December 10, 2009

Bad Medicine

At first Pakistani President Asif Zardari appeared to have done President Obama a favor. In an op-ed for the New York Times, Zardari praised Obama for his policies and inspiration while outlining a positive relationship for the future.

Zardari earns a few points for confronting a hostile American public, which he mentions directly. Though he isn’t popular at home or in Washington unless he’s saying “yes,” Zardari has stepped out of his shell at a dangerous time.

President Obama, after his speech at West Point, has once again vanished, leaving a trail of generals and White House officials to fight over the definition of his strategy. Zardari is attempting to seize perceptions and clarify a few ambiguities, something he thinks Obama should do too.

But it quickly became clear that Zardari’s gift was more of a curse.
“We are not looking for — and indeed reject — dependency. We don’t need or want (nor would we accept) foreign troops to defeat the insurgency, and we seek trade more than aid from you in the future. It is an economically viable and socially robust democratic Pakistan that will be the most effective long-term weapon against terrorism, extremism and fanaticism. This is the necessary endgame."
His advice boils down to two points: trade and Kashmir. Trade is its own arena and nothing seems to inhibit growth, besides China. But of the two, Zardari lifted Kashmir on a higher pedestal - and put Obama in a corner.
“Although we certainly appreciate America’s $7.5 billion pledge over the next five years for nonmilitary projects in Pakistan, this long-term commitment must be complemented by short-term policies that demonstrate American neutrality and willingness to help India and Pakistan overcome their mutual distrust. It could start by stepping up its efforts to mediate the Kashmir dispute.”
And the balloon pops.

Obama briefly mentioned Kashmir on November 3rd, 2008, reversed course and dropped Kashmir from “AfPak,” then disappeared. Officials are indeed working behind the scenes, but as Zardari explains, Pakistan needs public support from America.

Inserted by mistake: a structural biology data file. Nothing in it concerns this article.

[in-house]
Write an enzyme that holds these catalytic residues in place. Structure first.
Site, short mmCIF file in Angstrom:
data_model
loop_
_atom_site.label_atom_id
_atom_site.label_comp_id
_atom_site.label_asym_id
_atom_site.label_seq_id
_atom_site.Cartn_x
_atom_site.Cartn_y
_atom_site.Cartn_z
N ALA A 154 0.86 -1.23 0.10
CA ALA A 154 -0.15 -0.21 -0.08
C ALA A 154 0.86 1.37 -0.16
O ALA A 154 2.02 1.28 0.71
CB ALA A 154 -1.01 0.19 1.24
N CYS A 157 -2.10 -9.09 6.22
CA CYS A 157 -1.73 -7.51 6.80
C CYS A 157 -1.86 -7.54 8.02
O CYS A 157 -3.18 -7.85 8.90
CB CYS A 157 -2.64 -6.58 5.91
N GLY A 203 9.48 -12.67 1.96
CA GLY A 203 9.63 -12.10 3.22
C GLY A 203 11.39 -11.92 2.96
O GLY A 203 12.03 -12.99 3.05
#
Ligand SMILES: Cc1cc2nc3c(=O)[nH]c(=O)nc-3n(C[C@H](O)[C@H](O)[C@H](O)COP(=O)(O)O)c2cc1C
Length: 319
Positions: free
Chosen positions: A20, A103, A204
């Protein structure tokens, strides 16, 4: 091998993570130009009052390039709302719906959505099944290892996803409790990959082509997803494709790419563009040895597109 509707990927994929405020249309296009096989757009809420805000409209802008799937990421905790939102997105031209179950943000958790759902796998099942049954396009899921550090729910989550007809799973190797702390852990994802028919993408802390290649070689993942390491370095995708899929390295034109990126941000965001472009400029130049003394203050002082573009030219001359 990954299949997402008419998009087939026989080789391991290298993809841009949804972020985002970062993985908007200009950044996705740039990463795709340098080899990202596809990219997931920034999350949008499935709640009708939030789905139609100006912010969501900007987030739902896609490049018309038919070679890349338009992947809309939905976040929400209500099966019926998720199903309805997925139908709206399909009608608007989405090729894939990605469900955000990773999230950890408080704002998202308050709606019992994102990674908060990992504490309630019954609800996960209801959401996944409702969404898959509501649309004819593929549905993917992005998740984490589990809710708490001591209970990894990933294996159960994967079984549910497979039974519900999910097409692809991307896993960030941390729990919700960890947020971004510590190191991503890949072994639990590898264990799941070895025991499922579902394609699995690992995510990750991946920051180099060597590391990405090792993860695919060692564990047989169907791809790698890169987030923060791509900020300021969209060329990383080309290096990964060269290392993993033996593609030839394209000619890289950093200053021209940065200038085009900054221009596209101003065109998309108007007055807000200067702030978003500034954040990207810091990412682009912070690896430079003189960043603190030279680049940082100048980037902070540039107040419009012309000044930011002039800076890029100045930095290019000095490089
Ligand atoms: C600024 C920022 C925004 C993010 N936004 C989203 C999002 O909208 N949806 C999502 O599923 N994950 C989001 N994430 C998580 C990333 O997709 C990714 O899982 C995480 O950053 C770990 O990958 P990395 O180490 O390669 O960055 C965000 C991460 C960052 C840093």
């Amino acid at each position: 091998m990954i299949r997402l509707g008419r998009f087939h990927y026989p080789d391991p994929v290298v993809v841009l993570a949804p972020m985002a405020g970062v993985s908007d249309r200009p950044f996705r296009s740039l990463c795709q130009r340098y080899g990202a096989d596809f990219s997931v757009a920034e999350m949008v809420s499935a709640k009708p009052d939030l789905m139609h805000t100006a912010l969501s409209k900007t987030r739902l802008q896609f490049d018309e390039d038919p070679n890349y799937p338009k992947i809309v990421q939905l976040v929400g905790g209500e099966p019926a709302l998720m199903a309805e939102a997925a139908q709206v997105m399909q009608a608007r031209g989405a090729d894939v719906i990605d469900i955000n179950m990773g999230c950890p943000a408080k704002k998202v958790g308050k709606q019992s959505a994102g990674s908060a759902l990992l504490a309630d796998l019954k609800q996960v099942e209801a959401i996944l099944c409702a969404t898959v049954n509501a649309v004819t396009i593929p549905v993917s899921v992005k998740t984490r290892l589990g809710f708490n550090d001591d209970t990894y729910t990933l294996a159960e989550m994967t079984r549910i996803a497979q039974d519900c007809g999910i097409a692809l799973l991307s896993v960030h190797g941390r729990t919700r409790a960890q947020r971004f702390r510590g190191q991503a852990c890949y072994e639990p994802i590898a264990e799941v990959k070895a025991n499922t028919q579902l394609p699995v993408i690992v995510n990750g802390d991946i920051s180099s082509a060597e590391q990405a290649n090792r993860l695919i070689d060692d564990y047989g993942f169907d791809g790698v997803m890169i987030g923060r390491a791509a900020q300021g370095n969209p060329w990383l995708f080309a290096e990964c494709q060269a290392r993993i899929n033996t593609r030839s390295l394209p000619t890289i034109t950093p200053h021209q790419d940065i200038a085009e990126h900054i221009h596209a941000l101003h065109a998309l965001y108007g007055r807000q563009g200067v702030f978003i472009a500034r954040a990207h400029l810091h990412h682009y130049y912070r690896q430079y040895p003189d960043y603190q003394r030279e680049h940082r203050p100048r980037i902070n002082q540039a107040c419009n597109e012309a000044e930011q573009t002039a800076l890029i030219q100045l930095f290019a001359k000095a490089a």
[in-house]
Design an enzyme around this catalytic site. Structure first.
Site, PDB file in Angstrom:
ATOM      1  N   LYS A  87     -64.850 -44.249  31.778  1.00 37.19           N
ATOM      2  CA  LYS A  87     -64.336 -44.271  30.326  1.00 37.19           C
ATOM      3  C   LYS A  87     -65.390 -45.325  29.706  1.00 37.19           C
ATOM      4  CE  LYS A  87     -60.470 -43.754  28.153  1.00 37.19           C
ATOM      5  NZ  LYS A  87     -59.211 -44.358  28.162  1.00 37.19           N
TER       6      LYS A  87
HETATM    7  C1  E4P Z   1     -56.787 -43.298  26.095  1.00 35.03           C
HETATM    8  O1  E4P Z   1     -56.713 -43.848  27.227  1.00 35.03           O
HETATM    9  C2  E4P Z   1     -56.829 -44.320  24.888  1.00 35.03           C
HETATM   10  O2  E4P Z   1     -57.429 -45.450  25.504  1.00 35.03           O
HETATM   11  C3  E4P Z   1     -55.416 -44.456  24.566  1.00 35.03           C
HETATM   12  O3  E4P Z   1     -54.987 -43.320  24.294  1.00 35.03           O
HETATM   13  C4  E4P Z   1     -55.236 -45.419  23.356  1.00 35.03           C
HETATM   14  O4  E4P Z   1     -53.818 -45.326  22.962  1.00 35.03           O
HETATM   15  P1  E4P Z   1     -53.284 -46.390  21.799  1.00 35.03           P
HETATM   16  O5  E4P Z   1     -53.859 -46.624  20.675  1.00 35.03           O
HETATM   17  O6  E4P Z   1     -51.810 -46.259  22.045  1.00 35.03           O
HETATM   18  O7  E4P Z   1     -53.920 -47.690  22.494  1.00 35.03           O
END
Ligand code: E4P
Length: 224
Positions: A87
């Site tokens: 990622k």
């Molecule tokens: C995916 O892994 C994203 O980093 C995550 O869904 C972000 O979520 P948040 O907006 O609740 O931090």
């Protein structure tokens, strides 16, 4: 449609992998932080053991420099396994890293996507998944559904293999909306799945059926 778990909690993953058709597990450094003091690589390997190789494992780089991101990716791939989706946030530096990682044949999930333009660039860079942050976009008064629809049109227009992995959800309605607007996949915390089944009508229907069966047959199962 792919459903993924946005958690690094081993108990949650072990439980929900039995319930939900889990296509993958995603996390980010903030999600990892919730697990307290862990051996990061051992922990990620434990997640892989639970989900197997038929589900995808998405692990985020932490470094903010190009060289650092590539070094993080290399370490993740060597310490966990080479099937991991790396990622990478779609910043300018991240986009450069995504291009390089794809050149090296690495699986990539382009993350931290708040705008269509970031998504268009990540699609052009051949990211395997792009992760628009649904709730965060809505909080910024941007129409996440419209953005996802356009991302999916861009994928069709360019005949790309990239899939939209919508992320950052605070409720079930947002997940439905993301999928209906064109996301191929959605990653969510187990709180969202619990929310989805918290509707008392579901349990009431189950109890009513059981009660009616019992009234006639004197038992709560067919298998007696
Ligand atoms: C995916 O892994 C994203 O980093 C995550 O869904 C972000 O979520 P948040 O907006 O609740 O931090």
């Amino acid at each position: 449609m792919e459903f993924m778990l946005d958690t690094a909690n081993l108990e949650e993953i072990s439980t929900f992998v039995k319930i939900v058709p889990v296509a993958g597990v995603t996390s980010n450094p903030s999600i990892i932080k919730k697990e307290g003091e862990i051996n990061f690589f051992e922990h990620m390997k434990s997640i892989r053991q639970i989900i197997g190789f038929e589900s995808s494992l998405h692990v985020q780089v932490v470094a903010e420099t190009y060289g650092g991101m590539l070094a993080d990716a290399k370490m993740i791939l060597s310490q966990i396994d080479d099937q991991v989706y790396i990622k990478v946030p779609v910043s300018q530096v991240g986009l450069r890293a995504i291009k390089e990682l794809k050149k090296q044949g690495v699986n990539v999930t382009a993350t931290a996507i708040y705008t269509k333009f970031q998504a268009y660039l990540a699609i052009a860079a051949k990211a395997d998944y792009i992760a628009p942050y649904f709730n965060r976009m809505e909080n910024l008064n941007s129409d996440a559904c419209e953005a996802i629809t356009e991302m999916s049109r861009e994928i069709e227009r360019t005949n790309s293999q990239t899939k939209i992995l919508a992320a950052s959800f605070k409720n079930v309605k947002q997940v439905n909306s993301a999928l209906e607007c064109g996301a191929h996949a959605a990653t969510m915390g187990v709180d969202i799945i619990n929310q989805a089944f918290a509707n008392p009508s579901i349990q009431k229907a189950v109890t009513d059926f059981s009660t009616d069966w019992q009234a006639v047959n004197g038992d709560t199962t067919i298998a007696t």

The hard reality is this that India won’t let go of Kashmir. If the territory is ever to be divvied up or granted independence, someone will have to first take it away from India. America is the only conceivable option, unlikely as it is, either individually or by leading the international effort.

But hard reality breeds hard questions. Most Pakistani officials - Zardari, Prime Minister Gilani, Army Chief Kayani - have pinpointed Kashmir as the region’s epicenter of extremism. India is surely aware of the problems created by the dispute.

So why, if resolving Kashmir’s status is worth more than any amount of US troops in Afghanistan, are 30,000 troops being deployed while negotiations are being ignored?
“Just as the Israeli-Palestinian dispute cannot be resolved without accommodating the Palestinian people, there cannot be permanent regional peace in South Asia without addressing Kashmir. It would be helpful if the United States, at some point, would scrutinize India in a similar fashion and acknowledge that it has from time to time played a destabilizing role in the region.”
“Scrutinize” and “India” aren’t words that usually meet in American diplomacy. Joint Chief of Staff Admiral Mullen reportedly acknowledged Indian arms while speaking with Kayani and said he would raise the issue with India, but whatever happens here will surely be done out of our range.

Again, Pakistan’s use for private diplomacy has run out.

Unfortunately President Obama is unlikely to give a major policy speech on Kashmir just as he did Palestine, even though the two situations are no different in magnitude. India easily surpasses Israel in real power and Kashmir has less of an international profile than Palestine. Yet staying silent would still a mistake.

America can afford to stay soft on Israel while Hamas poses no national threat security. Kashmir is the opposite, feeding LeT, JeM, the Taliban, and thus al-Qaeda. We aren't even saying this, Pentagon officials are connecting these groups.

Zardari’s advice is bad medicine, but Obama needs it for Afghanistan.

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